How to Design and Create Streets for Maximum Walking and Rolling – Through the Eyes of Kids

John Kamp (left) John Kamp is an urban and landscape designer, and licensed landscape contractor with Prairieformwho has developed innovative tools for engaging people through their hands and senses in cities, urban design, and the natural world. He is also an experienced facilitator, trainer, and educator who leads hands-on interactive workshops with James Rojas of Place It!. He frequently translates the findings and outcomes of those workshops into designs for inclusive and livable streets and neighborhoods that leave room for all residents to improvise and help create a more welcoming public realm.

James Rojas (right) is an urban planner, community activist, and artist who founded PLACE IT!. He has developed an innovative public-engagement and community-visioning method that uses art-making as its medium. Through this method he has engaged thousands of people by facilitating over four hundred workshops and building over fifty interactive models around the world. Rojas is also one of the few nationally recognized urban planners to examine U.S. Latino cultural influences on urban design and sustainability. He has written and lectured extensively on how culture and immigration are transforming the American front yard and landscape.There is an endless amount of natural know-how and street-smart imagination to glean from children when we look at how we can be developing more and better walkable communities and safe spaces. In the words of James Rojas, “Every child is capable of becoming an urban planner because they use their minds and bodies to understand the places they habituate“.

Place It! Boulder, CO workshop with Growing Up Boulder.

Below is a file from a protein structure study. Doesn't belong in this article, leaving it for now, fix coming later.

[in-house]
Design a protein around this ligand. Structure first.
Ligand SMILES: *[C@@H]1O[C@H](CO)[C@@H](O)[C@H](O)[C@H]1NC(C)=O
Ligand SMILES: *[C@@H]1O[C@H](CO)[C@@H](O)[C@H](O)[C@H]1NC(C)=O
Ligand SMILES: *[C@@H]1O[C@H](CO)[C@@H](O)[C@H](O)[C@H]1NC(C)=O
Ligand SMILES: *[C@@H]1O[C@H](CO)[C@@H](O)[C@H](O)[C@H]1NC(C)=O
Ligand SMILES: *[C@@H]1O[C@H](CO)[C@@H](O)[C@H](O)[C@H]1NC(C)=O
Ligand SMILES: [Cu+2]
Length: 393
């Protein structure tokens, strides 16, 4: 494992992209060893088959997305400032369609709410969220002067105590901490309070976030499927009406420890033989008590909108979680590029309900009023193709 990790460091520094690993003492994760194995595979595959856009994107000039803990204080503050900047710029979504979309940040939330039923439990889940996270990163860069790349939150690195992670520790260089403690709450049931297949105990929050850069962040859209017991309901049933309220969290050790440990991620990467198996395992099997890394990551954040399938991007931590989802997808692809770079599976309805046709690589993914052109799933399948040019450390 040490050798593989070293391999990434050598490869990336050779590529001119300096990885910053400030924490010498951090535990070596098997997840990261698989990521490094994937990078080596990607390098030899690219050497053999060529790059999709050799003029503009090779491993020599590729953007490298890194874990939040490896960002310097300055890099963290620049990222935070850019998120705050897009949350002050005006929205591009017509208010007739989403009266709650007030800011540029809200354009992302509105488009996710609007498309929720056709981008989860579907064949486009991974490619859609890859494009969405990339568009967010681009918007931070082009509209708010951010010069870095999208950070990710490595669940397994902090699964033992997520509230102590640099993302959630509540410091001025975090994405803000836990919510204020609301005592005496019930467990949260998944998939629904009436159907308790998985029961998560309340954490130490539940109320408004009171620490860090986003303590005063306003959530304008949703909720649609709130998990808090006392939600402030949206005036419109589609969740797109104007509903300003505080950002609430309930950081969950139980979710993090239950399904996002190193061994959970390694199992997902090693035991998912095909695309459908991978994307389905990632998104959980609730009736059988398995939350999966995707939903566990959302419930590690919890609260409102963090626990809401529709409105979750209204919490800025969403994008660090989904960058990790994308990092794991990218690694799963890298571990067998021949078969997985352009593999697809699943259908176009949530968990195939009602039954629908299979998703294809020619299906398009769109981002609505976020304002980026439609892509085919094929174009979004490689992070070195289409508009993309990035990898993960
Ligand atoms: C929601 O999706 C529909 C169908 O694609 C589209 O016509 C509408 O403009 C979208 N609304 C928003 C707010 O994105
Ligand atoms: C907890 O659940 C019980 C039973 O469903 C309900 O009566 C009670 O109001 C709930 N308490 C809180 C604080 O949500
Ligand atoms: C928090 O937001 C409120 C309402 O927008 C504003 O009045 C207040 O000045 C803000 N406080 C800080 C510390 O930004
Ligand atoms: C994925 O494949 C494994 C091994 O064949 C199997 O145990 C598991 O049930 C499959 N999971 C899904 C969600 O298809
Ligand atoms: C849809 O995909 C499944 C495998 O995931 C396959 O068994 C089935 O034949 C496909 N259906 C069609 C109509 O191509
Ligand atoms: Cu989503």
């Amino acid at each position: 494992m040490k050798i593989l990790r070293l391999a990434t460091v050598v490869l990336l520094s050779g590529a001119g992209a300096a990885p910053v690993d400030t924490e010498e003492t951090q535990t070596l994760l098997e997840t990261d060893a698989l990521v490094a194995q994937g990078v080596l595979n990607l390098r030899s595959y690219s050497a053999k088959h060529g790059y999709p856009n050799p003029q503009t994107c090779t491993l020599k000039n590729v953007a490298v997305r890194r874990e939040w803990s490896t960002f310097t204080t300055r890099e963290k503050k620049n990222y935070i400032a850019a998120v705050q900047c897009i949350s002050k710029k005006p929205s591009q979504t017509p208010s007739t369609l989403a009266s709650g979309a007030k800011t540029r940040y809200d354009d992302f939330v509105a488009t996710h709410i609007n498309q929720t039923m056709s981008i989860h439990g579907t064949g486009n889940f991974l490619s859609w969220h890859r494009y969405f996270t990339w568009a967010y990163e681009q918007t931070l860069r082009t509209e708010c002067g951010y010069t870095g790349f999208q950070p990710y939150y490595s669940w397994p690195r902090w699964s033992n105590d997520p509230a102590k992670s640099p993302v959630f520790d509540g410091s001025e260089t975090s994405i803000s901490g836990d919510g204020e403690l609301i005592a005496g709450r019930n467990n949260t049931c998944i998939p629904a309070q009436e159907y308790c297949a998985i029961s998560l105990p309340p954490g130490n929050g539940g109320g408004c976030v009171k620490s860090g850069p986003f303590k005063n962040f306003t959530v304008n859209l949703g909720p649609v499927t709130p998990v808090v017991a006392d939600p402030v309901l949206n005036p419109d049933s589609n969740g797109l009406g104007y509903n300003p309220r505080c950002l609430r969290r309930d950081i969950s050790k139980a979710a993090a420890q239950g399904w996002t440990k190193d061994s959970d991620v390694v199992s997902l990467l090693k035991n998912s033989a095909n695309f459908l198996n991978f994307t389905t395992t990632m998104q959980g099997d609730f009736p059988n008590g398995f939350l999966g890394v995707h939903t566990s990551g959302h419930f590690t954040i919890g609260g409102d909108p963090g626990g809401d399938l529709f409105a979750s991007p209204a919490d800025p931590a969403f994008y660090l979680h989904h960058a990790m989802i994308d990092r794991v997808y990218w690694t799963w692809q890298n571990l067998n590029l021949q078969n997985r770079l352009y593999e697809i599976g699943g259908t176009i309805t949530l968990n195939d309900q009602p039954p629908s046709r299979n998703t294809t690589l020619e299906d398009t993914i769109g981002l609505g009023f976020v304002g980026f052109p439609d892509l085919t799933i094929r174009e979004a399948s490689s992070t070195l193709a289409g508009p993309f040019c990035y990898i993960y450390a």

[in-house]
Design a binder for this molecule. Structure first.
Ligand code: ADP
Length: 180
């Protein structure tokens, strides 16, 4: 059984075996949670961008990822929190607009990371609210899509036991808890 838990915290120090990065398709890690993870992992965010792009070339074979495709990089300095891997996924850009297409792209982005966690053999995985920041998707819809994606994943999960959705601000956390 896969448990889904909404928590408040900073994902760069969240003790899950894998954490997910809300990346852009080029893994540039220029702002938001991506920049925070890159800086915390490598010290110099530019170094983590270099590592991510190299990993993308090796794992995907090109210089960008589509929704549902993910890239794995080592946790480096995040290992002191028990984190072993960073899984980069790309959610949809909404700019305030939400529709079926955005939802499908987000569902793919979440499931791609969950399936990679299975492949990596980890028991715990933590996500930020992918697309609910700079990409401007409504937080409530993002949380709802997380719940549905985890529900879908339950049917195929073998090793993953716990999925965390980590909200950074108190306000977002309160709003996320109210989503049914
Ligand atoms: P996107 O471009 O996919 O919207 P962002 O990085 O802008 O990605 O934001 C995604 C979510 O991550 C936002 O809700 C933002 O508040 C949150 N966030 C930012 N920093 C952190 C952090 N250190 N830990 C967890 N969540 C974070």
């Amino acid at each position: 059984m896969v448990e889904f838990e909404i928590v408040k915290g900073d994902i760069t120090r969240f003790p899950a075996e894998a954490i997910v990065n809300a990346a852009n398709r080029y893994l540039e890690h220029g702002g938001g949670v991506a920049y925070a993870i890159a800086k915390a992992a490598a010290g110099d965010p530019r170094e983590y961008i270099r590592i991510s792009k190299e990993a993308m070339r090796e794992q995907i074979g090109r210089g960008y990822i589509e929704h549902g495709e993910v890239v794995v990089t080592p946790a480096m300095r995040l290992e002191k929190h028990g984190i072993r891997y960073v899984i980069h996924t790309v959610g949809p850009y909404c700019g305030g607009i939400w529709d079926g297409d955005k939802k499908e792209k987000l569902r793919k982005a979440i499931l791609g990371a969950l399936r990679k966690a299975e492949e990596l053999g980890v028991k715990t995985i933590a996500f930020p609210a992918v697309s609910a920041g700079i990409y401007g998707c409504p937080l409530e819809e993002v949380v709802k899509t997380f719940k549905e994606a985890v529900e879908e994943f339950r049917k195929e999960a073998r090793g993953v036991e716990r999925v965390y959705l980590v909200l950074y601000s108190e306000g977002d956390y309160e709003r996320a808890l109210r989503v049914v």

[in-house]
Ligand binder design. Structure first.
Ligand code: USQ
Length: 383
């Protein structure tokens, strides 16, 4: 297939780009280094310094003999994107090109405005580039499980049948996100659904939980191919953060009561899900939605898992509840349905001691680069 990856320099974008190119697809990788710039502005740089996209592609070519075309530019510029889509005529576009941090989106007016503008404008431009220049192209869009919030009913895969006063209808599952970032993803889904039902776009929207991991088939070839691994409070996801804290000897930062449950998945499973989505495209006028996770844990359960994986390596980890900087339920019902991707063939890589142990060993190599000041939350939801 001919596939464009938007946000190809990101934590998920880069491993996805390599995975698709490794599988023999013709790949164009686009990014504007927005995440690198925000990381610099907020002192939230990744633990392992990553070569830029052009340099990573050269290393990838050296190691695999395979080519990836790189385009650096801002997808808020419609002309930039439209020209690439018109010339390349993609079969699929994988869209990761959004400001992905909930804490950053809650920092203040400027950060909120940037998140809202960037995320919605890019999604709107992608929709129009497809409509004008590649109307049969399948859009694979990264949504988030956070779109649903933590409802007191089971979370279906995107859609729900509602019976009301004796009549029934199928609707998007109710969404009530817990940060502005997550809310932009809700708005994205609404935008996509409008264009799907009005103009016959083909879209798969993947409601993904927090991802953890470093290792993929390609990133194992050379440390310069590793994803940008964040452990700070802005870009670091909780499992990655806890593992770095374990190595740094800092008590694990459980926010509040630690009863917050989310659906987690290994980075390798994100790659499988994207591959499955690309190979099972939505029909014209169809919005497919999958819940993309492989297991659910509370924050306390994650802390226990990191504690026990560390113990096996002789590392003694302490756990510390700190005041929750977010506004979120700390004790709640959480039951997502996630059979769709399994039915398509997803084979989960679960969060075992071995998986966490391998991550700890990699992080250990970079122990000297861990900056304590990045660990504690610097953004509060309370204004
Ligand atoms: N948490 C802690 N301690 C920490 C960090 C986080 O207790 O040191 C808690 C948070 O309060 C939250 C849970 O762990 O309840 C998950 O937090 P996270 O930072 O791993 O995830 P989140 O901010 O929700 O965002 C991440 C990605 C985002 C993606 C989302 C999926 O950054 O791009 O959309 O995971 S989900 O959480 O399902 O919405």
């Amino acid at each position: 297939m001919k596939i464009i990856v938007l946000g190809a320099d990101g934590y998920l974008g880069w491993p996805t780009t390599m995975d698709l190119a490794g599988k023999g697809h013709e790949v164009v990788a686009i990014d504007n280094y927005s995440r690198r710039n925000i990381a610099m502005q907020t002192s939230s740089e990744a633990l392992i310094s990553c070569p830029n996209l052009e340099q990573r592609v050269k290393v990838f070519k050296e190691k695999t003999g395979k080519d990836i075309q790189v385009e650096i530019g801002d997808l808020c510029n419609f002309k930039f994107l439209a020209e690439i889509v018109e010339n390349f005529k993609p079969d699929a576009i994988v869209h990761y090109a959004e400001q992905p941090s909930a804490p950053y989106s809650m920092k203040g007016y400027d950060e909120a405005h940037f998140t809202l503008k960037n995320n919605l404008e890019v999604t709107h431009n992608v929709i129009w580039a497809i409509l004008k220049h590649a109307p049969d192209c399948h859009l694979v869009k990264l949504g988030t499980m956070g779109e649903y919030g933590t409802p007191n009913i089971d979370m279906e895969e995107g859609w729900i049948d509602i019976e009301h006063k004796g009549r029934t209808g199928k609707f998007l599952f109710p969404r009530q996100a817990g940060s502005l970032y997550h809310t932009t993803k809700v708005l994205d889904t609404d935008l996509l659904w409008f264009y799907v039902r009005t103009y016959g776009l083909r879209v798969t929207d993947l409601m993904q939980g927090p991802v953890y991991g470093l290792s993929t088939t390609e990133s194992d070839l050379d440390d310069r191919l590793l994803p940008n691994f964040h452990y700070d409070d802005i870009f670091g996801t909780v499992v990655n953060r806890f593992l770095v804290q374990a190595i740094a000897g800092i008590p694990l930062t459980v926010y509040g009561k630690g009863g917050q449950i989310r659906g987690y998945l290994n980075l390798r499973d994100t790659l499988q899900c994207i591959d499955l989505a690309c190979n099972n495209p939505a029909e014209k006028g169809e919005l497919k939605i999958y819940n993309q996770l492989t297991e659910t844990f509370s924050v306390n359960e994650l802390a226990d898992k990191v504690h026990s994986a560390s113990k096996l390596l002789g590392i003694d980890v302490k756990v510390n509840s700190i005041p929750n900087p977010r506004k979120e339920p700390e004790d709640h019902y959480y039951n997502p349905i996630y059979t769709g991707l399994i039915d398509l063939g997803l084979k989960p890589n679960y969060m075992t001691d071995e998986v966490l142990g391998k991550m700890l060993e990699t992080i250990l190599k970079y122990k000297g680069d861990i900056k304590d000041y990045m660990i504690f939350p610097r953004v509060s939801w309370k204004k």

This is the ethos and purpose behind Place It!, a design- and participation-based urban planning practice that uses model-building workshops and on-site interactive models to help engage the public in the planning and design process. Through the Place It! process participants are able to learn about the role of planning and design in shaping how we live, and to translate their dreams and ideas into physical forms and models.

John Kamp and his partner James Rojas recently expanded Place It! out into doing model-building workshops online, and engaging people through video – including doing virtual walking tours. John produced this brilliant video for the Safe Routes Partnership called Maximum Walk and Roll, which explores how you can engage kids with their hands and senses in designing streets for maximum walking and rolling. Click the image below to watch the video.

They created this video as a companion piece to a Place It! training they did with Safe Routes Partnershipfolks across the country in January and then a PDF guide on how to lead your own Place It! workshopswith youth with a focus on creating walkable and rollable streets. Having a range of media that catered to various individual learning styles was important to them.

“Play is at the core of the work James and I do – really trying to engage people through play in what can sometimes seem like very technical and complicated topics: urban planning, urban design, transportation, landscape. So a playful tone and feel were very much at the core of the starting point for the video; I didn’t want to do anything that came across as wonky or technical. I also wanted to let the kids be the stars of the show as much as possible and show that they can really articulate how they feel about spaces and places (sometimes better than adults can, as kids are oftentimes very unfiltered about what they say), and also be their own designers.”

Behind-the-scenes look at the Maximum Walk and Roll video shoot.

John says the film The 400 Blows and the scenes in which the kids are scampering around the city and experiencing independence and exploration were very much influences on the video.

When people build their favorite childhood memories in the Place It! workshops, John says a strong recurring theme is independence and exploration in all its forms – oftentimes that first time the participant remembers being able to venture off on their own – even if it was just to the woods behind their house.

The next time you’re out and about, or better yet on a walk audit, tap into your child-like self and come to know your neighborhood in the ways you were always meant to – through the organic curiosity of your own senses, and leaning into what you’re feeling, no filter, as you meander through public space.

For more on John and James’ work and how to implement and embody the principles of Place It! in your work, click the links below: